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Coffee Science: What Is TDS and Why Should You Care?

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Visit any specialty coffee forum and chances are you’ll find a long discussion on extraction percentages and TDS – without much of an explanation of what they actually mean. Numbers like 23% extraction are bandied around without anyone actually saying why it should, or shouldn’t, be at that level.

On top of that, TDS is a controversial topic. Some hail it as a total game changer; others consider it a useless, or even dangerous, distraction.

So what does TDS actually mean? What levels are good? And ultimately, is it useful? Read on as we answer all those questions.

Lee este artículo en español Ciencia del Café: ¿Qué es el TDS y Por Qué Debes Conocerlo?

tds

Measuring TDS with a refractometer. Credit: Gonçalo B. Duarte

What is TDS?

TDS stands for Total Dissolved Solids. Put simply, it’s the amount of “stuff” or soluble solids in a liquid, from organic matter to inorganic salts such as magnesium and calcium. It can be a good thing or a bad thing, depending on what the liquid is and how high the TDS is.

In coffee, TDS reflects the level of extraction of the coffee, as well as how many dissolved solids there are in the water. Contrary to what you might expect, 0 TDS isn’t a good thing for water – it leaves it tasting “flat”.

The most common way to measure TDS is with a refractometer. This clever little device measures the degree to which light is refracted by the liquid. The app then takes this information and compares it to an established index, which gives us a percentage extraction. Simple. (Kind of.)

SEE ALSO: Coffee Science: How Can We Identify & Improve Cherry Ripeness?

Why is TDS Important?

TDS provides easy-to-analyse, concrete data that can help roasters and baristas measure, and therefore control, extraction. This should improve the taste, mouth feel, and consistency of your shots and brews – ensuring that, every single time, you brew a well-balanced coffee with a good level of complexity and sweetness. What’s not to like?

TDS in Coffee

The first use of TDS tech in coffee was for analysing water prior to  brewing. Then it started to be used on brewed coffee, and that’s when things started to get really interesting.

beer brewing

A craft beer brewer analyses his work. Credit: @jenkemkingbrewing

A company called VST decided to really explore the role TDS could have in analysing coffee, and so developed two things: the VST Refractometer and VST Coffee Tools. The latter is software designed to be used together with the coffee refractometer.

So why do you need both a refractometer and some software? Well, you use the refractometer to measure the TDS. You also input all the relevant data into Coffee Tools (dry dose of coffee, amount of water, desired brew strength, etc.). The software then analyses all this data and lets you know how well you hit your mark. Cool, right?

What’s a Good TDS Level?

We should be aiming for the highest percentage extraction at which the coffee still tastes good. This tends to be between 18-22% extraction, yet each coffee is individual and has a different character. Merely aiming for this golden range, without evaluating its impact on the coffee’s taste, will leave you doomed to failure.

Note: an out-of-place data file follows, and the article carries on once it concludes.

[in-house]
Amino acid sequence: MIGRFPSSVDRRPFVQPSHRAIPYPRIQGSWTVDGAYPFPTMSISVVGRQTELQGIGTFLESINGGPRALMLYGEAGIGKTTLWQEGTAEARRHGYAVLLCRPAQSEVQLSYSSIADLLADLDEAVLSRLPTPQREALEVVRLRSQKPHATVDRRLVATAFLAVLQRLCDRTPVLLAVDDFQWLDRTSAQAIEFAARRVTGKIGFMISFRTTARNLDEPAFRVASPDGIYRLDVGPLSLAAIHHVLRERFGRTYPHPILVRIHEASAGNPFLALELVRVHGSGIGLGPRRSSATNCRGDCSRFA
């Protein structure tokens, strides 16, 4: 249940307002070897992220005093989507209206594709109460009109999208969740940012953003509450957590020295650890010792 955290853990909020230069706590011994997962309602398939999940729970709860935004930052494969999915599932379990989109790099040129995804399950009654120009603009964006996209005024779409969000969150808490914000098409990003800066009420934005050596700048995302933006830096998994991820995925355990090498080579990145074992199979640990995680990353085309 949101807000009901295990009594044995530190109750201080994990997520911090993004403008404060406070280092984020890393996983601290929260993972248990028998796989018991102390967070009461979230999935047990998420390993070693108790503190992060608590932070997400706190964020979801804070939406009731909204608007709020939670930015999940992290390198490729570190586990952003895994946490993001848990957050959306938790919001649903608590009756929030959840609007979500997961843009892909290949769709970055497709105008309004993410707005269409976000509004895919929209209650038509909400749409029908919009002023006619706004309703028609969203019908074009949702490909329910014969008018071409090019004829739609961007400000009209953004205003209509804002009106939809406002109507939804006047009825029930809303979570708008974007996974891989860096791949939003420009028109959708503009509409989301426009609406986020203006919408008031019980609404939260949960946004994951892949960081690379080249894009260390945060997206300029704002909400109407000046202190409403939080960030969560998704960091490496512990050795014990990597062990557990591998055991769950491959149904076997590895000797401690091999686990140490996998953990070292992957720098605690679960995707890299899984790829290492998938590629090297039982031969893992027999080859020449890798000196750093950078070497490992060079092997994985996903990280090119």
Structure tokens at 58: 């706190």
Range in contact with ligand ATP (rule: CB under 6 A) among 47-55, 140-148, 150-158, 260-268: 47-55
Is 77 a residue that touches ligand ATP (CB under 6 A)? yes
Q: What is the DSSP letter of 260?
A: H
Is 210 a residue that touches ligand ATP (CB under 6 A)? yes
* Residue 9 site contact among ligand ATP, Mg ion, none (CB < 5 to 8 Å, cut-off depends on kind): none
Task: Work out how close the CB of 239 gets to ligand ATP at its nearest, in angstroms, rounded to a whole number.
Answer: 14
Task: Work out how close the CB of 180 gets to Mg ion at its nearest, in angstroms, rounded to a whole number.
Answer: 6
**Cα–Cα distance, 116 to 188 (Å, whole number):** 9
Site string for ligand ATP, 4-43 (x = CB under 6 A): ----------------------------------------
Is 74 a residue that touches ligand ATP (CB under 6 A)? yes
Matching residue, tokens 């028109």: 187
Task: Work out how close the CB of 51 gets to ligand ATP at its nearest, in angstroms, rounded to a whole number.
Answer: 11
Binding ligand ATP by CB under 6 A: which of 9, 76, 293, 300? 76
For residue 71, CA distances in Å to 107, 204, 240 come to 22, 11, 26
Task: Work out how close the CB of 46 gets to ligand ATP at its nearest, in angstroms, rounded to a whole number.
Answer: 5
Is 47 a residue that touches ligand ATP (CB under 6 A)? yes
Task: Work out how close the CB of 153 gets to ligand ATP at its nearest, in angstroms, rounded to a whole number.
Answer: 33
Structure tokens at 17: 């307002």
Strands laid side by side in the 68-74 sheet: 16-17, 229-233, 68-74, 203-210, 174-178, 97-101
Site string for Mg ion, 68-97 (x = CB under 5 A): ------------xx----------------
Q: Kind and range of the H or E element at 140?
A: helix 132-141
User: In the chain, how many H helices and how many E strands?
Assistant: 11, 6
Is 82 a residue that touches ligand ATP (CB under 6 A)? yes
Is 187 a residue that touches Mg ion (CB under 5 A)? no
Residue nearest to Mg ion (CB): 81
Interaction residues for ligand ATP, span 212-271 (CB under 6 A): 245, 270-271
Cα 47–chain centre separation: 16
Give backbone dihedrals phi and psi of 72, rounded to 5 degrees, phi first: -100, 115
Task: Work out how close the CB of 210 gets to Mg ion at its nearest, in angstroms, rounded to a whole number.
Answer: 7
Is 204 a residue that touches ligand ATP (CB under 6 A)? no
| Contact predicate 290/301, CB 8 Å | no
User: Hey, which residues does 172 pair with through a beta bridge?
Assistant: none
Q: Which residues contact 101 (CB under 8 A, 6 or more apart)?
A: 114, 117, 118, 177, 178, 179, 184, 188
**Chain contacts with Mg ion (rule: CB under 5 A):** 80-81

It’s also worth mentioning that an inability to hit a reasonable extraction percentage could indicate roast issues, a problem with the water or the brewing equipment, such as the filter basket, the grinder/burrs or even the pressure and brew water temperature. However, in most cases, TDS just serves as another source of information helping you to dial in your coffee.

Does TDS Have any Limitations?

Measuring the TDS of a beverage can have a serious pitfall. Focusing only on the TDS reading makes it easy to ignore all the other important factors.

Take analysing water. The SCAA recommend a set criteria for the TDS reading of brewing water and, while it’s too technical to go into here, it provides a good and measurable figure to make sure your water is ok. The issue is that this needs to also take into account things such as calcium hardness, alkalinity, chlorine, and sodium levels. The brewer could reach the required TDS for water just by dissolving salt in distilled water – but that won’t make it good for brewing coffee. 

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Examining TDS – useful science, but there are other things we also need to consider. Credit: Dominic Ascanio / Hatchet Coffee 

Exactly the same is true when brewing. And so, when dialling in, the palate must remain the primary tool. Baristas and roasters alike must remember that their real goal is not to hit an extraction percentage, but to create delicious coffee.

Used correctly, TDS can be a great asset to any coffee professional – but only when used correctly.

Written by S.Maccuaig and edited by T. Newton.

Feature Photo Credit: @ems_rod

Perfect Daily Grind.

All views within this opinion piece belong to the guest writer, and do not reflect Perfect Daily Grind’s stance. Perfect Daily Grind believes in furthering debate over topical issues within the industry, and so seeks to represent the views of all sides.

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